All the time and effort spent planting, weeding, and watering pays off when vegetables are harvested. They are delicious and nutritious! Take a basket every time you visit the garden so you can pick vegetables at their peak. They not only taste their best, harvesting also boosts production of more veggies.
Most vegetables should be harvested when they are relatively small. Here are some general guidelines for harvesting the most common vegetables grown in home gardens.
Pick green beans when they easily snap in half and before the seeds inside start to bulge.
Cut the heads of broccoli when they are just 4 to 5 inches across, before their buds start to produce flowers. You can eat the stems, too. Peel them before eating.
It’s time to harvest a head of cauliflower when it’s about 6 inches across, while the head is still firm and tight. If it starts to separate, harvest sooner.
The variety of cucumber determines when it should be picked. Some are genetically predetermined to grow larger than others. Less mature cucumbers have thinner skin and fewer seeds but be sure they feel firm before they are plucked from the vine.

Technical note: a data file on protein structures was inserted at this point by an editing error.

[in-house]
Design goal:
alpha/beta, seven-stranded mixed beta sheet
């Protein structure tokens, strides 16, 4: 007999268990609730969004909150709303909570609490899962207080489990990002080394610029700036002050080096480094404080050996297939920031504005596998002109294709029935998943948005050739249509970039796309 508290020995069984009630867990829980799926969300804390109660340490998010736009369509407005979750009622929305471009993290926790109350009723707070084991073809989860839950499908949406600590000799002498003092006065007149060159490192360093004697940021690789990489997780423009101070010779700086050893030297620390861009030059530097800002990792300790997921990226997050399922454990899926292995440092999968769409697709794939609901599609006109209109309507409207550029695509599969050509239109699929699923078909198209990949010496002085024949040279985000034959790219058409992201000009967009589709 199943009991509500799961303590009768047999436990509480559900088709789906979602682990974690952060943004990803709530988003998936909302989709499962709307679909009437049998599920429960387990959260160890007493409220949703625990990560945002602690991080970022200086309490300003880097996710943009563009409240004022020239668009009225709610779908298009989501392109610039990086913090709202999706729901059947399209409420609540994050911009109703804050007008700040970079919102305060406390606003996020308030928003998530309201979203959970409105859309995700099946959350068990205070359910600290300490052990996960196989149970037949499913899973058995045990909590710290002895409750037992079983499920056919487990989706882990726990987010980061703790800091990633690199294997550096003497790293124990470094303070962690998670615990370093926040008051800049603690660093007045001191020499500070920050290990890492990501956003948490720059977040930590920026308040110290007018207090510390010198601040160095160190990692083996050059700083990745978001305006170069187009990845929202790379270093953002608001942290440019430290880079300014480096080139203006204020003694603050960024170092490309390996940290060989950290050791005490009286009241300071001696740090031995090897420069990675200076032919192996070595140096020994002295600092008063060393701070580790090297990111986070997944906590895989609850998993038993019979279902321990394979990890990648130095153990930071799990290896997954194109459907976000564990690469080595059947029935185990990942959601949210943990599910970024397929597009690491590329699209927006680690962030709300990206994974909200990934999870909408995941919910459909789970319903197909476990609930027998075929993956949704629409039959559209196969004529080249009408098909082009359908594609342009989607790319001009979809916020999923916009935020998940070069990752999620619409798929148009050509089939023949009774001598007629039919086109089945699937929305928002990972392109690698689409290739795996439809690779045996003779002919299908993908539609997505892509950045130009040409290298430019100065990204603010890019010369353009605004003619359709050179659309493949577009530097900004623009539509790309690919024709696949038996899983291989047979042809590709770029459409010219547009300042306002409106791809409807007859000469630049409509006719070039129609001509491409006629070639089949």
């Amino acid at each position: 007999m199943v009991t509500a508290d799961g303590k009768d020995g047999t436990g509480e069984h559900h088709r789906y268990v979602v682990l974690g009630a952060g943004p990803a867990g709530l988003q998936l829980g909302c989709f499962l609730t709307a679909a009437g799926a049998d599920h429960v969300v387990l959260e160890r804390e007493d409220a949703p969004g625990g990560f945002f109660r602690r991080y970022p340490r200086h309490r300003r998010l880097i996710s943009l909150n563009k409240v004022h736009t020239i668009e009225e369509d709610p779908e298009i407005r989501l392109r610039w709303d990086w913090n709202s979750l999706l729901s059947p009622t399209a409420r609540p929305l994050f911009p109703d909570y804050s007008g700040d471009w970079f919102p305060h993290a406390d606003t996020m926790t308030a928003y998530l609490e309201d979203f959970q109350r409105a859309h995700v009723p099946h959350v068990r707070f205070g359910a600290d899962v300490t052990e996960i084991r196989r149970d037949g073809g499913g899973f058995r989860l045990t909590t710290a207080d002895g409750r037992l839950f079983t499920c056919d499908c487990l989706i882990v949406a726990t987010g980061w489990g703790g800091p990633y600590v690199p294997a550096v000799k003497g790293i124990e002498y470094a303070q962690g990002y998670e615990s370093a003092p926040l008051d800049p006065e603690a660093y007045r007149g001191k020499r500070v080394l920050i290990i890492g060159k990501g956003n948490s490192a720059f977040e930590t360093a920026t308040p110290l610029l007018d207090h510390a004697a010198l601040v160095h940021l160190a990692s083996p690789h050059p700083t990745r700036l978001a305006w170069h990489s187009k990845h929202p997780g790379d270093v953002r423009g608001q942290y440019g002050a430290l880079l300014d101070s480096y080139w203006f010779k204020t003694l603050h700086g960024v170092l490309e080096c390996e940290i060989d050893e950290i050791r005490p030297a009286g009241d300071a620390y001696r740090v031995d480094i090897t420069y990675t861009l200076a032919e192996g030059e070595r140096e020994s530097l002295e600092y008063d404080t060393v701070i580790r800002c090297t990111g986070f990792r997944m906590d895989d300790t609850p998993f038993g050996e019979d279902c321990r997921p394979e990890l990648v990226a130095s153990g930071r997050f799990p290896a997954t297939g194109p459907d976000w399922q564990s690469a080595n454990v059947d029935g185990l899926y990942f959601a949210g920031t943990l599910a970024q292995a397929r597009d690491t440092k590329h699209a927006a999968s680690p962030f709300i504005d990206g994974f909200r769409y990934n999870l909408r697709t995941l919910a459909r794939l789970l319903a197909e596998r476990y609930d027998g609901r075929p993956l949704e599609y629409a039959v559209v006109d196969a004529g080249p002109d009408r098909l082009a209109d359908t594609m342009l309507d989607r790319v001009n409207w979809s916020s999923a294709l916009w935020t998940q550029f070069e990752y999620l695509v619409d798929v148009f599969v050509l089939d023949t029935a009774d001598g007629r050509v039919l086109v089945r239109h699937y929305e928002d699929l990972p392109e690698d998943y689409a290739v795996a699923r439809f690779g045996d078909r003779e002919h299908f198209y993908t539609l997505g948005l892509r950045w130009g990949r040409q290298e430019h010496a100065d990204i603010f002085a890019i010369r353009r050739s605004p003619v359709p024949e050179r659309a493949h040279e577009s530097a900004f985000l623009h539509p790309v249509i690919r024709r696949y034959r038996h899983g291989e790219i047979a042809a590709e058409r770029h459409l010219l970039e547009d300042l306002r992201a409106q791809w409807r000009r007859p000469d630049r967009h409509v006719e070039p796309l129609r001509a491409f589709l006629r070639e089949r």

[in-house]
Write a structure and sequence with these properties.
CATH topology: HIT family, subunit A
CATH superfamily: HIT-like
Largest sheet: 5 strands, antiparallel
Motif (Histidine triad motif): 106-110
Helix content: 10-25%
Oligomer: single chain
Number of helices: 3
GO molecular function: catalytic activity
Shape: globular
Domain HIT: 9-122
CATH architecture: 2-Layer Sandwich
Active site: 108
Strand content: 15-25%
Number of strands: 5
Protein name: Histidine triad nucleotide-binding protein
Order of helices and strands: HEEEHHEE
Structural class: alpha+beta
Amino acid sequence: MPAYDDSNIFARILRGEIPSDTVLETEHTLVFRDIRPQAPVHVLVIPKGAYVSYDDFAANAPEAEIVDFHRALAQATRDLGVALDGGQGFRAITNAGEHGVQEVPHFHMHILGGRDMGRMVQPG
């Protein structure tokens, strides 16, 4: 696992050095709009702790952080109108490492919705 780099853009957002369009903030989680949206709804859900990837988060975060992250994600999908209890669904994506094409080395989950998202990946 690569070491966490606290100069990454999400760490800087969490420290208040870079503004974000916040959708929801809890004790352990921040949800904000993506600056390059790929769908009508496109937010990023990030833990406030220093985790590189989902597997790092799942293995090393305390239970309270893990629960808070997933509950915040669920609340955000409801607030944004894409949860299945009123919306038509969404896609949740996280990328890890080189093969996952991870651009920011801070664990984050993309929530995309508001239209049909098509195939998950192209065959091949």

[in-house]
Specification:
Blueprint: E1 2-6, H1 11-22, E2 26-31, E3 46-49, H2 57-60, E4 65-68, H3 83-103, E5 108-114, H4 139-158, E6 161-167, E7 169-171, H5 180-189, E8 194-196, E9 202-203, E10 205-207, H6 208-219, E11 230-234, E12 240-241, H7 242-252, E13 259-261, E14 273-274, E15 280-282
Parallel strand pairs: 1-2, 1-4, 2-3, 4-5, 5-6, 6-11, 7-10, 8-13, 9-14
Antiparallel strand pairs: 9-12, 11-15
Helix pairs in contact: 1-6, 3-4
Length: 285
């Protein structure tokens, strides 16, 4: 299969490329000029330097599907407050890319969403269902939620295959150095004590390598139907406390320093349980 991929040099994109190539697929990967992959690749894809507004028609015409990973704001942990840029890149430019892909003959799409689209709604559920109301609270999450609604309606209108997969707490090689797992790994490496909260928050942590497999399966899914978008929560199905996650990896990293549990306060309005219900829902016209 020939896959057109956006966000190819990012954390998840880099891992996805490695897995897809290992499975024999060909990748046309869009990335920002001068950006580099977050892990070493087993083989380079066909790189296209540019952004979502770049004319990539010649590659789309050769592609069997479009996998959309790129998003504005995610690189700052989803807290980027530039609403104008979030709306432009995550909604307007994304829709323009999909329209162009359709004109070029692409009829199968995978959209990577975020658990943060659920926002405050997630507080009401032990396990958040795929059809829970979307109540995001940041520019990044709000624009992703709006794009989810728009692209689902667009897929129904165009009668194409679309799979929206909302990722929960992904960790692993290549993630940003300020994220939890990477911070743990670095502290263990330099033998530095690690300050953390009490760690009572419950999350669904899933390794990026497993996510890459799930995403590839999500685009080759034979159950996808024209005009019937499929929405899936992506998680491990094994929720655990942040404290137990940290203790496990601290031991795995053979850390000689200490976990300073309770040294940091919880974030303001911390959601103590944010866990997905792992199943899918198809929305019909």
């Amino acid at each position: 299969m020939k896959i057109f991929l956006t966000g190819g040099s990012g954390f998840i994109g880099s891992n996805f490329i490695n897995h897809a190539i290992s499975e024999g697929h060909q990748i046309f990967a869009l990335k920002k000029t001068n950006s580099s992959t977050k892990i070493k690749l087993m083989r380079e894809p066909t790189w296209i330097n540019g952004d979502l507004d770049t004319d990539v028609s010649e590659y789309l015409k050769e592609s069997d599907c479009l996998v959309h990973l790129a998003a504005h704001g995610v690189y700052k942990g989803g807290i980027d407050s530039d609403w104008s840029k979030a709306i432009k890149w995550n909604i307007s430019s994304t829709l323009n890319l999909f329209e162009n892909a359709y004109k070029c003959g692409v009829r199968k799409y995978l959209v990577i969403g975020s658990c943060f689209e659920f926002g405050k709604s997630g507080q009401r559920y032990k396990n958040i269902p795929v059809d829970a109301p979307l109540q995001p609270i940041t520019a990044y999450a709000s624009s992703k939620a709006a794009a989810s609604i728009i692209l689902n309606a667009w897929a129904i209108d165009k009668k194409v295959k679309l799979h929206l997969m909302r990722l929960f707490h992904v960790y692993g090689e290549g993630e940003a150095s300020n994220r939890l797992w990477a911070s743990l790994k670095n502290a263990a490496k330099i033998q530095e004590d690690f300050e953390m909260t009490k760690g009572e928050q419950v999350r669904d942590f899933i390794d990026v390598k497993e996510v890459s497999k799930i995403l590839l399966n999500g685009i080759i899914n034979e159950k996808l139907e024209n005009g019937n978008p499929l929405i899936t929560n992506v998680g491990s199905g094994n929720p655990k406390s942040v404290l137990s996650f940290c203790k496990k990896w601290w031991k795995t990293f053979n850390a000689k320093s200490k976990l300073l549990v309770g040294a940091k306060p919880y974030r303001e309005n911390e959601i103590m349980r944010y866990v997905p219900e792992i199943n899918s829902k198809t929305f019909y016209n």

If you enjoy green onions, you have probably already been pulling them. Slicing onions are ready to dig once the foliage falls over. Let them cure in a warm, well-ventilated spot for a week or so before storing.
Bell peppers are ready to pick when they are green and shiny. If left on the plant, they will turn colors – orange, red, yellow, and even purple. Their flavor intensifies the longer they grow. Hot peppers can also be harvested when they are green, but they develop the most flavor and heat if left on the plant to turn yellow or red.
Potatoes can be dug as soon as plants flower if you enjoy bite-sized new potatoes. Otherwise, let potatoes grow underground until the foliage turns brown and dries. Use a pitchfork or a shovel to carefully loosen the soil, beginning as far from the plant as possible to avoid cutting into those beautiful spuds.
It’s easy to know when to pick tomatoes. When they are firm (but slightly soft), pull easily from stems, and are whatever color their variety tells them to be, enjoy! If frost threatens before they have all ripened, pick as many as you can and let them ripen on the kitchen counter.
Have questions for the University of Illinois Extension Master Gardeners? You can call, email, or visit during the growing season. Learn more about connecting with the Kendall County Master Gardener Help Desk at go.illinois.edu/HelpDeskMGdkk, or call or visit during office hours: Monday, Wednesday, and Friday from 9 a.m. to 12:30 p.m. at 630-553-5823 or at 7775-B IL Route 47, Yorkville.